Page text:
Tuesday, December 16, 2014

"Twenty years from now you will be more disappointed by the things you didn’t do than by the ones you did do. So throw off the bowlines. Sail away from the safe harbor. Catch the trade winds in your sails. Explore. Dream. Discover."

The truth is, now I am scared to go home. I am worried that all I have experienced and all of that I have grown to be will leave me as soon as I step back into my old life. I have never been away this long from home, but I am so comfortable being on my own now.

This semester has been the best four months of my life. I was forced out of my comfort zone and I adapted to life in Morocco. Though I was completely uncomfortable with the classes I was taking, I learned more than I ever had before. I was constantly being challenged since I was not in my usual science course that I grew so accustomed to back home. I learned about major events impacting the world today, and why they are happening. I was able to become a knowledgeable world citizen, that can work to prevent Orientalist views back at home, and can provide educated insight on the Israeli-Palestine issue, America's influence in the Middle East, and how religion plays into politics all around the globe. My favorite class, Gender and Politics in the Modern Middle East, allowed me to grow stronger in my beliefs as a feminist and to hopefully continue to advocate for the importance of equality between the sexes while still uplifting both men and women. My mind is not just focused on chemical formulas, theories, and equations, but now it is more well-rounded thanks to my social science classes.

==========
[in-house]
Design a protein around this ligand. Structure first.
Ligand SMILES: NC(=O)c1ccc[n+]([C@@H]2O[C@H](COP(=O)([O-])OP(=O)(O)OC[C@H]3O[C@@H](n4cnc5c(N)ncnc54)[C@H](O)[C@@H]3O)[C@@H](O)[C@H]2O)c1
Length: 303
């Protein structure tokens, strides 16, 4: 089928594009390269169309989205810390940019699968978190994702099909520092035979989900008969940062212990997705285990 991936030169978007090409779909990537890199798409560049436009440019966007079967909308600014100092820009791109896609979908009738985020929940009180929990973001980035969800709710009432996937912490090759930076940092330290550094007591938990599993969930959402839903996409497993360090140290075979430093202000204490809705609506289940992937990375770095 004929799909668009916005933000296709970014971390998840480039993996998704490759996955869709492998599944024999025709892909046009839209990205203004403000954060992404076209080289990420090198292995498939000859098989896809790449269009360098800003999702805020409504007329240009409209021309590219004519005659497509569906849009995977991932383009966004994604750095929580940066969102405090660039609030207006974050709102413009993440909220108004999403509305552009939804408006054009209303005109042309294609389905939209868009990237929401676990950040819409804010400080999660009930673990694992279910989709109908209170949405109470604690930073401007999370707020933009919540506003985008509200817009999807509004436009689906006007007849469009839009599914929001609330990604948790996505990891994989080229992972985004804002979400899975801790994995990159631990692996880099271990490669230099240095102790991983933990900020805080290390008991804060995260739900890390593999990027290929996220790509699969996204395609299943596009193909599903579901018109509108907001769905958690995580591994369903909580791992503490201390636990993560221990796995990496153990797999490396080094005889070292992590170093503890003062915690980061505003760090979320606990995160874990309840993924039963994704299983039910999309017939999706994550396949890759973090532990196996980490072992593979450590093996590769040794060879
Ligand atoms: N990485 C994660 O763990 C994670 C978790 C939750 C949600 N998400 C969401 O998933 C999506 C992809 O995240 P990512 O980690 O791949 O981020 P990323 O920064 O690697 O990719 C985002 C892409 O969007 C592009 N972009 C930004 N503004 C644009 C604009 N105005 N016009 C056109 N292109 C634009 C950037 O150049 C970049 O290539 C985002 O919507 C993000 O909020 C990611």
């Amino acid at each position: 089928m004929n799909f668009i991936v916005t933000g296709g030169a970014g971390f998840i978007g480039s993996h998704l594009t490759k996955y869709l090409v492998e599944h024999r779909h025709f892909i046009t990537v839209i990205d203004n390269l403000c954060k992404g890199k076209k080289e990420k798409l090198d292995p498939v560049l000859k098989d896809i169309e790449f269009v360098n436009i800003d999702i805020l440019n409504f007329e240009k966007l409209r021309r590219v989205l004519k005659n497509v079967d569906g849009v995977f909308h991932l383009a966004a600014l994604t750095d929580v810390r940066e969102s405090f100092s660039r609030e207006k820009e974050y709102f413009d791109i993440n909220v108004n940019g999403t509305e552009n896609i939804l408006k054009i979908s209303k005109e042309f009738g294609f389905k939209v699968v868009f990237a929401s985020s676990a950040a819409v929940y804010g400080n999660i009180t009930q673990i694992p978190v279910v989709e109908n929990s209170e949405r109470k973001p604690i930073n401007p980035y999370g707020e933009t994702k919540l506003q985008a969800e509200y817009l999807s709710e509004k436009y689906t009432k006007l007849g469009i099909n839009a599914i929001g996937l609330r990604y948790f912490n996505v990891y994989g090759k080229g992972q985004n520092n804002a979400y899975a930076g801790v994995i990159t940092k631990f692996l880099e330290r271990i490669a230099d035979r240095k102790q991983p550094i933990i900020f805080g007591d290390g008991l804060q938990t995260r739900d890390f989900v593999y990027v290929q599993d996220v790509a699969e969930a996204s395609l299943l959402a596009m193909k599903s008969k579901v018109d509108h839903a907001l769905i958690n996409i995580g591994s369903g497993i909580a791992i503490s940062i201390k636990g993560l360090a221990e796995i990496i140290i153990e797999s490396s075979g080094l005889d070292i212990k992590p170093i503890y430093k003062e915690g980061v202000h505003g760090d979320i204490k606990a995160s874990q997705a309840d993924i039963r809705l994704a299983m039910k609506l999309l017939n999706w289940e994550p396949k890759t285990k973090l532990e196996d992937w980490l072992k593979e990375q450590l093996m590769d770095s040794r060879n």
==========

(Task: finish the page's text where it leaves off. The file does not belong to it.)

This semester was not just about the classroom, though. This semester was also about traveling, exploring the world and different languages and cultures, meeting new people, learning more about myself, and finding out that wherever I am, I am home.

I am so grateful to have had the opportunities to go to Rabat, the Sahara Desert, Amsterdam, Fes, Casablanca, Marrakesh, Rome, and Chefchouen. What made these trips incredible was not destination, but the little things, like when Dakota and I bought 50 coconut cookies from a family in Marrakesh, or when Dakota, Kelsey, and I decided to run a half-marathon without any training, two days before the actual event. Even staying home for the weekend consisted of exploring Ifrane and finding my favorite restaurant, the ladies who make the best m'semn in town, the best smoothie place in the Marche, and hiking through the Source Vittel. Each place opened my eyes more to the world and opened my eyes to see where I fit in it. I am capable of much more than I ever imagined. Life is about taking chances and experiences the world without reservation. Most of the best trips or experiences happened on a whim, or were the result of a mistake. Adapting to situations quickly and always having a positive outlook on things is so important.